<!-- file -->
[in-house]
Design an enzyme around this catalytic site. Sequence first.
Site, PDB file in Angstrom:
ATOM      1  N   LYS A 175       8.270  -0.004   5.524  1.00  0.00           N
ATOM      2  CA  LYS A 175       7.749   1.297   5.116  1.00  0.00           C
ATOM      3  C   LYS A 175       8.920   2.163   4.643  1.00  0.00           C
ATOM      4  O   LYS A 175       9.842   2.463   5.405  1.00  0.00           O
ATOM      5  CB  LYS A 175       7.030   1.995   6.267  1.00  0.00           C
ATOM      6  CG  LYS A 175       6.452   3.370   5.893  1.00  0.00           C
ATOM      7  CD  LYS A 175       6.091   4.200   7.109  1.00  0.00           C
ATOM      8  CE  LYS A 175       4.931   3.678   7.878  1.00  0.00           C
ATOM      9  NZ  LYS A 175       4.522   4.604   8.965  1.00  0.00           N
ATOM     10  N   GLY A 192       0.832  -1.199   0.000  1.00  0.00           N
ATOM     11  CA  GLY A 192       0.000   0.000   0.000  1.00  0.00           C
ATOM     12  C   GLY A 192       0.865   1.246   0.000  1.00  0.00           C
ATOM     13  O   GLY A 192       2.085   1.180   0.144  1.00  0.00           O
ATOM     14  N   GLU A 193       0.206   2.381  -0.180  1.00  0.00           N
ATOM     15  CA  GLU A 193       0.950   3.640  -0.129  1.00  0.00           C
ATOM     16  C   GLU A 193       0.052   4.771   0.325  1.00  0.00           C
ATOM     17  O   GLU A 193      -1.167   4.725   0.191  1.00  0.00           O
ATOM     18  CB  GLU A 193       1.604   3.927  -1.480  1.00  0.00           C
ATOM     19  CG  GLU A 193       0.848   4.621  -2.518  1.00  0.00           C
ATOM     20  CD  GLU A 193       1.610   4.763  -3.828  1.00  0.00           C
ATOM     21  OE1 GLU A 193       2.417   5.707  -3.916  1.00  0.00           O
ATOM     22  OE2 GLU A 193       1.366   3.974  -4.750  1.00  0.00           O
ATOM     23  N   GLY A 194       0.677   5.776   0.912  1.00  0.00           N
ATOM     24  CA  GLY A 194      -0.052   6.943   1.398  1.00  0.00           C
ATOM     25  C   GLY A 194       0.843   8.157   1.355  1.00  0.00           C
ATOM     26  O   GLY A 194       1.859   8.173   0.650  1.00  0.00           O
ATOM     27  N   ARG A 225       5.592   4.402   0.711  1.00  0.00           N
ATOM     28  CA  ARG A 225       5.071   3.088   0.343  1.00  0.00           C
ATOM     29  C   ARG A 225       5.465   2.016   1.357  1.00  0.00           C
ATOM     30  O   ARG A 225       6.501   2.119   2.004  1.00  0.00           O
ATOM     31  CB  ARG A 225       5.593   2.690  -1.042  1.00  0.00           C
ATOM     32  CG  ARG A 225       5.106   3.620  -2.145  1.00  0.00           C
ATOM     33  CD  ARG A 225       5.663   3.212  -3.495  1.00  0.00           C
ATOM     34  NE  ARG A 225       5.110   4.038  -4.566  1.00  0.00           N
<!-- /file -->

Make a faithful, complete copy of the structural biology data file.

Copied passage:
[in-house]
Design an enzyme around this catalytic site. Sequence first.
Site, PDB file in Angstrom:
ATOM      1  N   LYS A 175       8.270  -0.004   5.524  1.00  0.00           N
ATOM      2  CA  LYS A 175       7.749   1.297   5.116  1.00  0.00           C
ATOM      3  C   LYS A 175       8.920   2.163   4.643  1.00  0.00           C
ATOM      4  O   LYS A 175       9.842   2.463   5.405  1.00  0.00           O
ATOM      5  CB  LYS A 175       7.030   1.995   6.267  1.00  0.00           C
ATOM      6  CG  LYS A 175       6.452   3.370   5.893  1.00  0.00           C
ATOM      7  CD  LYS A 175       6.091   4.200   7.109  1.00  0.00           C
ATOM      8  CE  LYS A 175       4.931   3.678   7.878  1.00  0.00           C
ATOM      9  NZ  LYS A 175       4.522   4.604   8.965  1.00  0.00           N
ATOM     10  N   GLY A 192       0.832  -1.199   0.000  1.00  0.00           N
ATOM     11  CA  GLY A 192       0.000   0.000   0.000  1.00  0.00           C
ATOM     12  C   GLY A 192       0.865   1.246   0.000  1.00  0.00           C
ATOM     13  O   GLY A 192       2.085   1.180   0.144  1.00  0.00           O
ATOM     14  N   GLU A 193       0.206   2.381  -0.180  1.00  0.00           N
ATOM     15  CA  GLU A 193       0.950   3.640  -0.129  1.00  0.00           C
ATOM     16  C   GLU A 193       0.052   4.771   0.325  1.00  0.00           C
ATOM     17  O   GLU A 193      -1.167   4.725   0.191  1.00  0.00           O
ATOM     18  CB  GLU A 193       1.604   3.927  -1.480  1.00  0.00           C
ATOM     19  CG  GLU A 193       0.848   4.621  -2.518  1.00  0.00           C
ATOM     20  CD  GLU A 193       1.610   4.763  -3.828  1.00  0.00           C
ATOM     21  OE1 GLU A 193       2.417   5.707  -3.916  1.00  0.00           O
ATOM     22  OE2 GLU A 193       1.366   3.974  -4.750  1.00  0.00           O
ATOM     23  N   GLY A 194       0.677   5.776   0.912  1.00  0.00           N
ATOM     24  CA  GLY A 194      -0.052   6.943   1.398  1.00  0.00           C
ATOM     25  C   GLY A 194       0.843   8.157   1.355  1.00  0.00           C
ATOM     26  O   GLY A 194       1.859   8.173   0.650  1.00  0.00           O
ATOM     27  N   ARG A 225       5.592   4.402   0.711  1.00  0.00           N
ATOM     28  CA  ARG A 225       5.071   3.088   0.343  1.00  0.00           C
ATOM     29  C   ARG A 225       5.465   2.016   1.357  1.00  0.00           C
ATOM     30  O   ARG A 225       6.501   2.119   2.004  1.00  0.00           O
ATOM     31  CB  ARG A 225       5.593   2.690  -1.042  1.00  0.00           C
ATOM     32  CG  ARG A 225       5.106   3.620  -2.145  1.00  0.00           C
ATOM     33  CD  ARG A 225       5.663   3.212  -3.495  1.00  0.00           C
ATOM     34  NE  ARG A 225       5.110   4.038  -4.566  1.00  0.00           N